I suppose the most important information was being communicated successfully: you are a part of the Oxford family.
I watched the beautiful baby girl born here in Cumberland County just a year ago being fussed over, and I saw Dlda’s face light up when a girl named Faith gave her the gift of a doll with long, dark curly hair, and I learned the young sons of another resettlement family are now able to translate for their parents, and I realized that’s where you really see the hope and promise of a fresh start.
Perhaps that’s the truly universal language that brings us together: the joy of children.


The Oxford Family Photo!
Please note: When I wrote this column, I spelled the daughter's name the way it is pronounced, "Dilla". The proper spelling of her name is Dlda. I've corrected it for this post. My apologies for this mistake.

And, for the first time, the paper printed my column with a photo! Here's how amazing it looks on Page A5:





Wednesday, November 08, 2017

Status Update


Facebook is always looking for a status update: "What's on your mind?" or "What's happening?" Well, here's the status update I've been waiting for, my friends.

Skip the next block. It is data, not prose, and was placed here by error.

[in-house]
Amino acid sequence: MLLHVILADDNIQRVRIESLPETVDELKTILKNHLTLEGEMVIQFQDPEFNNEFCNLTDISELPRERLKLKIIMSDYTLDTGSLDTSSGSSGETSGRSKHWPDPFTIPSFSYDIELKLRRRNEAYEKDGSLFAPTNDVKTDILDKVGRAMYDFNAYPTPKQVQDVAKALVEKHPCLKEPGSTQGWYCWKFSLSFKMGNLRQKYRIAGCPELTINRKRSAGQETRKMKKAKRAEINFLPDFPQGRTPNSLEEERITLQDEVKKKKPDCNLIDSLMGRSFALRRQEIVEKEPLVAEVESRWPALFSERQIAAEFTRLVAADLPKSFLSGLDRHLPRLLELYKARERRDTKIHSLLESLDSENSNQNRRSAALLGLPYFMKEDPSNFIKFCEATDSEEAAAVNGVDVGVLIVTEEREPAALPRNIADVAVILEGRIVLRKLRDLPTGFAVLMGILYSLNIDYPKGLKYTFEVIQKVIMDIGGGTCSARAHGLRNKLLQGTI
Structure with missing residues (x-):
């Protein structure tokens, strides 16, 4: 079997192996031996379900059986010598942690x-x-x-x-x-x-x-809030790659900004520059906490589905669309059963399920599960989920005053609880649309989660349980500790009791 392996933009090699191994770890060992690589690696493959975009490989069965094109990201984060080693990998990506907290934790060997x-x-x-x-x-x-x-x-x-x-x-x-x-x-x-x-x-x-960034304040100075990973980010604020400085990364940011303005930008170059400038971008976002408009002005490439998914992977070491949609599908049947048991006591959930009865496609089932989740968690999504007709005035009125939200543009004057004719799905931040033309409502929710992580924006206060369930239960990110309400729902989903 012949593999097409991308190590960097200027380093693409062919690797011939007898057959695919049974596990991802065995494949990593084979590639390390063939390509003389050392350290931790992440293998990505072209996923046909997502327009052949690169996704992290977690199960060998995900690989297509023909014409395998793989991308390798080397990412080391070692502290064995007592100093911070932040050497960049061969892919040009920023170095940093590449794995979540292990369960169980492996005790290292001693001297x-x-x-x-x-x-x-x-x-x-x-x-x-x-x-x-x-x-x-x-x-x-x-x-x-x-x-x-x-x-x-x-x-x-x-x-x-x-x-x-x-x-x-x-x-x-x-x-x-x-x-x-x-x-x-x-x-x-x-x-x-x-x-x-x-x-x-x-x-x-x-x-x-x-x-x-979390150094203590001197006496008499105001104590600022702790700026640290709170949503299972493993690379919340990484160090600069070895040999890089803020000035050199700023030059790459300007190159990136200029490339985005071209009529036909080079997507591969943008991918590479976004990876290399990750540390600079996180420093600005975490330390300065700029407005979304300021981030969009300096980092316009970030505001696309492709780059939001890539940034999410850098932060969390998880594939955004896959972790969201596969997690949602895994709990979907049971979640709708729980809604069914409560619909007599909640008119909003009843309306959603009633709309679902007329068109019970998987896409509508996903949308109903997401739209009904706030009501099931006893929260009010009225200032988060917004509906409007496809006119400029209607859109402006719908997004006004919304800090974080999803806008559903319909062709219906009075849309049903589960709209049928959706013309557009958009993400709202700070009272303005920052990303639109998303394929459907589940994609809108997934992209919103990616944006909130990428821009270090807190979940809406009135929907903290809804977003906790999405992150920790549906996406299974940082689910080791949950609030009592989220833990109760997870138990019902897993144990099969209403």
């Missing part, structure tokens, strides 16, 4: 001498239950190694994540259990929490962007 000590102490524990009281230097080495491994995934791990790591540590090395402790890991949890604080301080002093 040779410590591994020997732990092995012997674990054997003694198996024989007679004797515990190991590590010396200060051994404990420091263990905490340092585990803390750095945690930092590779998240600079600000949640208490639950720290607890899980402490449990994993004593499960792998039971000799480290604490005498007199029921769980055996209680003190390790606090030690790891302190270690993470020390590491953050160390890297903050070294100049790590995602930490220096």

When I returned home from my ride this morning, I showed my husband my shirt, covered in mud and poop from cleaning the hooves of a horse that had been standing outside in a very mucky paddock.
"You're covered in shit," he said. "You are now officially a country girl."

Do you know how happy those words made me? Officially a country girl!
Particularly because, at a book event this Sunday past, I read from the Field Notes essay about hanging with my friend Sue at her family's dairy farm when I was a young girl:
"To me, the visitor from Ontario, Sue was clever and confident, walking behind cows without fear of their switching tails, helping lug cans full of warm milk to the tank, unfazed  by the manure that as everywhere, including her shoes and jeans. It didn't upset her a bit; it was part of being an honest-to-goodness farm girl."